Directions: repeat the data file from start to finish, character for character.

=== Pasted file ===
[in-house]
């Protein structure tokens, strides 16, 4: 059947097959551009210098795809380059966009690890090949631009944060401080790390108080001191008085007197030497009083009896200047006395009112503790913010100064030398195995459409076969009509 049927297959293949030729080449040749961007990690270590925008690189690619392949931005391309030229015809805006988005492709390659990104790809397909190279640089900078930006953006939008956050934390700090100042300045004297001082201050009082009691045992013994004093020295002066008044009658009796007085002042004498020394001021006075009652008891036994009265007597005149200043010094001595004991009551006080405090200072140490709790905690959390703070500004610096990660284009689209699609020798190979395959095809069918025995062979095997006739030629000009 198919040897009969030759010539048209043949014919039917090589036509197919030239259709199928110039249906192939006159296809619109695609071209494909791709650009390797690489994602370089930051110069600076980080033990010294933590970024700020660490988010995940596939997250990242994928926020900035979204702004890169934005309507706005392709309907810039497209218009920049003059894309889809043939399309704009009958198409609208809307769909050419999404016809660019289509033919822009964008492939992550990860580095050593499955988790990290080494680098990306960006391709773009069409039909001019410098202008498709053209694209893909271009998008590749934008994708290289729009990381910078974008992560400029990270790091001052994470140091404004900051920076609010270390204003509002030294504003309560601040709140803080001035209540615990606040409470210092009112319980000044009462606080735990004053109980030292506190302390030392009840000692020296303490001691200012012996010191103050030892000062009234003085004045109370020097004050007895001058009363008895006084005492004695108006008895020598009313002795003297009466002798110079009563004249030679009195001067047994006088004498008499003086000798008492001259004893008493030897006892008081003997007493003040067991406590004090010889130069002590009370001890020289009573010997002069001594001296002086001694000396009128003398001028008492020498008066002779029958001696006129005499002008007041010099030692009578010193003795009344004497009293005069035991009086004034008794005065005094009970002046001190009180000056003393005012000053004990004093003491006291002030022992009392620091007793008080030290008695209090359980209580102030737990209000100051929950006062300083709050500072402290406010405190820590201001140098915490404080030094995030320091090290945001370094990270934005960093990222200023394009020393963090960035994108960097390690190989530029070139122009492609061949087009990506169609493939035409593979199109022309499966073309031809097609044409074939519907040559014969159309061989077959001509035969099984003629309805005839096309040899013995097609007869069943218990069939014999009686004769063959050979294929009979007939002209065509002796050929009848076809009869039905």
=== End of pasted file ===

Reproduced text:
[in-house]
């Protein structure tokens, strides 16, 4: 059947097959551009210098795809380059966009690890090949631009944060401080790390108080001191008085007197030497009083009896200047006395009112503790913010100064030398195995459409076969009509 049927297959293949030729080449040749961007990690270590925008690189690619392949931005391309030229015809805006988005492709390659990104790809397909190279640089900078930006953006939008956050934390700090100042300045004297001082201050009082009691045992013994004093020295002066008044009658009796007085002042004498020394001021006075009652008891036994009265007597005149200043010094001595004991009551006080405090200072140490709790905690959390703070500004610096990660284009689209699609020798190979395959095809069918025995062979095997006739030629000009 198919040897009969030759010539048209043949014919039917090589036509197919030239259709199928110039249906192939006159296809619109695609071209494909791709650009390797690489994602370089930051110069600076980080033990010294933590970024700020660490988010995940596939997250990242994928926020900035979204702004890169934005309507706005392709309907810039497209218009920049003059894309889809043939399309704009009958198409609208809307769909050419999404016809660019289509033919822009964008492939992550990860580095050593499955988790990290080494680098990306960006391709773009069409039909001019410098202008498709053209694209893909271009998008590749934008994708290289729009990381910078974008992560400029990270790091001052994470140091404004900051920076609010270390204003509002030294504003309560601040709140803080001035209540615990606040409470210092009112319980000044009462606080735990004053109980030292506190302390030392009840000692020296303490001691200012012996010191103050030892000062009234003085004045109370020097004050007895001058009363008895006084005492004695108006008895020598009313002795003297009466002798110079009563004249030679009195001067047994006088004498008499003086000798008492001259004893008493030897006892008081003997007493003040067991406590004090010889130069002590009370001890020289009573010997002069001594001296002086001694000396009128003398001028008492020498008066002779029958001696006129005499002008007041010099030692009578010193003795009344004497009293005069035991009086004034008794005065005094009970002046001190009180000056003393005012000053004990004093003491006291002030022992009392620091007793008080030290008695209090359980209580102030737990209000100051929950006062300083709050500072402290406010405190820590201001140098915490404080030094995030320091090290945001370094990270934005960093990222200023394009020393963090960035994108960097390690190989530029070139122009492609061949087009990506169609493939035409593979199109022309499966073309031809097609044409074939519907040559014969159309061989077959001509035969099984003629309805005839096309040899013995097609007869069943218990069939014999009686004769063959050979294929009979007939002209065509002796050929009848076809009869039905």